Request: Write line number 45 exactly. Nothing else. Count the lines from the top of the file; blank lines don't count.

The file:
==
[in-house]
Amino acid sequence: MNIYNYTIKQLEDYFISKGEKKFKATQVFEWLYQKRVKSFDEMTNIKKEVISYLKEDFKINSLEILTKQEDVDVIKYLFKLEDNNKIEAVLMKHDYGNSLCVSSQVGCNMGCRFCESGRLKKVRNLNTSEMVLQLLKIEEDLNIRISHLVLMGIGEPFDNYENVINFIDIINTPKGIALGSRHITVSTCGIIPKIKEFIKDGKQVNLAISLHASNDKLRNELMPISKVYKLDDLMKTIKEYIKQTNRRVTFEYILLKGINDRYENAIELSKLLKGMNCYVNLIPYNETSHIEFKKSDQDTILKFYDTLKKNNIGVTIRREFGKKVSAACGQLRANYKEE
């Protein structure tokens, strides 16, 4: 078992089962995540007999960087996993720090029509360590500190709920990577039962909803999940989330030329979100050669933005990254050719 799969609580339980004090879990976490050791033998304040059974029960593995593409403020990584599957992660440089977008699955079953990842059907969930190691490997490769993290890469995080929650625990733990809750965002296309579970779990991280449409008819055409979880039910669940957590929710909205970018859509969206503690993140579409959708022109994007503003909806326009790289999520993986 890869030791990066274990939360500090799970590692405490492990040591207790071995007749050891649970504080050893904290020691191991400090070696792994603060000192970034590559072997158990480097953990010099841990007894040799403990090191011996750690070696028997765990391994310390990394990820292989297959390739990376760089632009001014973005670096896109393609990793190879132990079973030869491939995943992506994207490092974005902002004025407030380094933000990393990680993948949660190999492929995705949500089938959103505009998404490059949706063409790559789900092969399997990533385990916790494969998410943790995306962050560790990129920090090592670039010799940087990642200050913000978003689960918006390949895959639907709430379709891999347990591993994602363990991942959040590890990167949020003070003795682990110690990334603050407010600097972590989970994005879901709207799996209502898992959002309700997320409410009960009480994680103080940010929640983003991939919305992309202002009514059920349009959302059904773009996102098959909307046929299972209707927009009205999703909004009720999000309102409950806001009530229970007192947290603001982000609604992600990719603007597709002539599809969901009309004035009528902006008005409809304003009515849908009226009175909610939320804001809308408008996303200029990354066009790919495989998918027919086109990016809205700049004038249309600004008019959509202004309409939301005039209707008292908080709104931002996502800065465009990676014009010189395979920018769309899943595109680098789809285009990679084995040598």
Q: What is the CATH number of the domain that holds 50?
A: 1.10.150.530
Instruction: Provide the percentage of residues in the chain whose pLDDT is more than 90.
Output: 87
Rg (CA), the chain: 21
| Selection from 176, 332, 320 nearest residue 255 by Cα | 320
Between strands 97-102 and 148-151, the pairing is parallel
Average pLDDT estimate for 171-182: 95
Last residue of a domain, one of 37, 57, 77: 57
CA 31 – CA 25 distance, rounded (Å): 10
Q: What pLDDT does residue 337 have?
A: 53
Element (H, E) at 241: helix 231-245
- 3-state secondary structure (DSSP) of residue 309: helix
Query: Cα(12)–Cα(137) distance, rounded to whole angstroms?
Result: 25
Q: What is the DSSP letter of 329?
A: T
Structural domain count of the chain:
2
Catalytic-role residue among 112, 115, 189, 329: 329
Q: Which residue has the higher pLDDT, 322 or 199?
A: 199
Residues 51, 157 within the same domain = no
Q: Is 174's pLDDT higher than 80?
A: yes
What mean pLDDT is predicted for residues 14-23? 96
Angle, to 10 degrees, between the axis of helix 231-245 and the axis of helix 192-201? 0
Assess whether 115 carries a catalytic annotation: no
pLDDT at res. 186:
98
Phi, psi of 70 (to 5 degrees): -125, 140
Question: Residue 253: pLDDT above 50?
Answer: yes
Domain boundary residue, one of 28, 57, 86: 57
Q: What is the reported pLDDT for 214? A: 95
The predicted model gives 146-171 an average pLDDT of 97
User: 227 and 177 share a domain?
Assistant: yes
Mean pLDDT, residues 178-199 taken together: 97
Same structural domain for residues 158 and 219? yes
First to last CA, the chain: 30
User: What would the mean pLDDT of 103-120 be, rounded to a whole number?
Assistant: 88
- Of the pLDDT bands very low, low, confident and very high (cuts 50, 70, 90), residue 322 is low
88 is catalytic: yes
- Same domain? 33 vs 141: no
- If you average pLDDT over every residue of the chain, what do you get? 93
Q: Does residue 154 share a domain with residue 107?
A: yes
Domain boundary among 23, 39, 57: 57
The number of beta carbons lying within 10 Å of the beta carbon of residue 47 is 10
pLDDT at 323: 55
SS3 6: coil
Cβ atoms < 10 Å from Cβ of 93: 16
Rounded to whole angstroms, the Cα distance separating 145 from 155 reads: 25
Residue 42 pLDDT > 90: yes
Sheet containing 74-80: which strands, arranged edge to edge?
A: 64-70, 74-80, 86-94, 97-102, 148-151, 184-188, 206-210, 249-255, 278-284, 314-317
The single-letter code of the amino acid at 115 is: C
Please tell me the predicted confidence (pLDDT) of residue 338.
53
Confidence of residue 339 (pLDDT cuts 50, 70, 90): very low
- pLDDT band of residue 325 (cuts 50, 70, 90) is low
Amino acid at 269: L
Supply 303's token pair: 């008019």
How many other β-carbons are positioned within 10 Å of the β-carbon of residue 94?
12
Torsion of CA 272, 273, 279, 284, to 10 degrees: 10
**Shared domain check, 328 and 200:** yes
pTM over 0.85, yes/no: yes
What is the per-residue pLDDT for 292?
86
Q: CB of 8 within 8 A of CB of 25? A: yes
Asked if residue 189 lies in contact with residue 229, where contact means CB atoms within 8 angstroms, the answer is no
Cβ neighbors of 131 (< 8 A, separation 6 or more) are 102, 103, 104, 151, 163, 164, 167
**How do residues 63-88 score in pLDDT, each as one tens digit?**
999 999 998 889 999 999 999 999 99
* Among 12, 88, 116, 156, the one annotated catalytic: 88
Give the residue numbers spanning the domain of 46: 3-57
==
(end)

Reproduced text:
First to last CA, the chain: 30